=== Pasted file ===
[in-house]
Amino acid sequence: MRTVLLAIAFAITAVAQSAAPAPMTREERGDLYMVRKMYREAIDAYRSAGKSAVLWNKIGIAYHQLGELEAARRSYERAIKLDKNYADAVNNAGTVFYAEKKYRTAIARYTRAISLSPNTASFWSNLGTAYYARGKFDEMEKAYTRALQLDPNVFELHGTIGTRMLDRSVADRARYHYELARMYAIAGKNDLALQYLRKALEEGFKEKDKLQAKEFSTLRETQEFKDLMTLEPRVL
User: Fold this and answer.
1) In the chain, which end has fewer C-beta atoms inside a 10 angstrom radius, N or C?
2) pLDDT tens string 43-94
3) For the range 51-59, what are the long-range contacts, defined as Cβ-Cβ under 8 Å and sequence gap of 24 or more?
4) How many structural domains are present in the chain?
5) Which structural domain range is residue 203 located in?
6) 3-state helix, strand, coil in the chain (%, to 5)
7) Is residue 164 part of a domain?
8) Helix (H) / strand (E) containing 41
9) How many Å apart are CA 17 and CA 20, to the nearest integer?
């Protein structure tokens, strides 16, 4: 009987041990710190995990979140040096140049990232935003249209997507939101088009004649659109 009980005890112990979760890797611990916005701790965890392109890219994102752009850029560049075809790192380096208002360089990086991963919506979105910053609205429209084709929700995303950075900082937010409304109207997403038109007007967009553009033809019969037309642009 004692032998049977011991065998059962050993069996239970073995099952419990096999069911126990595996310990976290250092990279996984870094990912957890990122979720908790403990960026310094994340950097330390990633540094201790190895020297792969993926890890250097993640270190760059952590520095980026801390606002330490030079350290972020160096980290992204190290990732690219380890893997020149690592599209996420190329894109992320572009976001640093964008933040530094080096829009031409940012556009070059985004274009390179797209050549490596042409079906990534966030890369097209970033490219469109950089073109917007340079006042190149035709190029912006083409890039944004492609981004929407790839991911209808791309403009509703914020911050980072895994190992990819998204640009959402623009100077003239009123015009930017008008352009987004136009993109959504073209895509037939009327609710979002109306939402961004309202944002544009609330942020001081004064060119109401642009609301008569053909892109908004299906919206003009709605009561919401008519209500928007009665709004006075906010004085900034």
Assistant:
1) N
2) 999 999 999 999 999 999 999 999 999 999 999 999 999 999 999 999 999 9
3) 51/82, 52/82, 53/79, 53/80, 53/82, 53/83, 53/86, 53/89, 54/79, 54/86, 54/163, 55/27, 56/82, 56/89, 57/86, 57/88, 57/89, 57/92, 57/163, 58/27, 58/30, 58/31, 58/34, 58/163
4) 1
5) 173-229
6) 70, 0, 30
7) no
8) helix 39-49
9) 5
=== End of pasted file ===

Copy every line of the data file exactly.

[in-house]
Amino acid sequence: MRTVLLAIAFAITAVAQSAAPAPMTREERGDLYMVRKMYREAIDAYRSAGKSAVLWNKIGIAYHQLGELEAARRSYERAIKLDKNYADAVNNAGTVFYAEKKYRTAIARYTRAISLSPNTASFWSNLGTAYYARGKFDEMEKAYTRALQLDPNVFELHGTIGTRMLDRSVADRARYHYELARMYAIAGKNDLALQYLRKALEEGFKEKDKLQAKEFSTLRETQEFKDLMTLEPRVL
User: Fold this and answer.
1) In the chain, which end has fewer C-beta atoms inside a 10 angstrom radius, N or C?
2) pLDDT tens string 43-94
3) For the range 51-59, what are the long-range contacts, defined as Cβ-Cβ under 8 Å and sequence gap of 24 or more?
4) How many structural domains are present in the chain?
5) Which structural domain range is residue 203 located in?
6) 3-state helix, strand, coil in the chain (%, to 5)
7) Is residue 164 part of a domain?
8) Helix (H) / strand (E) containing 41
9) How many Å apart are CA 17 and CA 20, to the nearest integer?
């Protein structure tokens, strides 16, 4: 009987041990710190995990979140040096140049990232935003249209997507939101088009004649659109 009980005890112990979760890797611990916005701790965890392109890219994102752009850029560049075809790192380096208002360089990086991963919506979105910053609205429209084709929700995303950075900082937010409304109207997403038109007007967009553009033809019969037309642009 004692032998049977011991065998059962050993069996239970073995099952419990096999069911126990595996310990976290250092990279996984870094990912957890990122979720908790403990960026310094994340950097330390990633540094201790190895020297792969993926890890250097993640270190760059952590520095980026801390606002330490030079350290972020160096980290992204190290990732690219380890893997020149690592599209996420190329894109992320572009976001640093964008933040530094080096829009031409940012556009070059985004274009390179797209050549490596042409079906990534966030890369097209970033490219469109950089073109917007340079006042190149035709190029912006083409890039944004492609981004929407790839991911209808791309403009509703914020911050980072895994190992990819998204640009959402623009100077003239009123015009930017008008352009987004136009993109959504073209895509037939009327609710979002109306939402961004309202944002544009609330942020001081004064060119109401642009609301008569053909892109908004299906919206003009709605009561919401008519209500928007009665709004006075906010004085900034």
Assistant:
1) N
2) 999 999 999 999 999 999 999 999 999 999 999 999 999 999 999 999 999 9
3) 51/82, 52/82, 53/79, 53/80, 53/82, 53/83, 53/86, 53/89, 54/79, 54/86, 54/163, 55/27, 56/82, 56/89, 57/86, 57/88, 57/89, 57/92, 57/163, 58/27, 58/30, 58/31, 58/34, 58/163
4) 1
5) 173-229
6) 70, 0, 30
7) no
8) helix 39-49
9) 5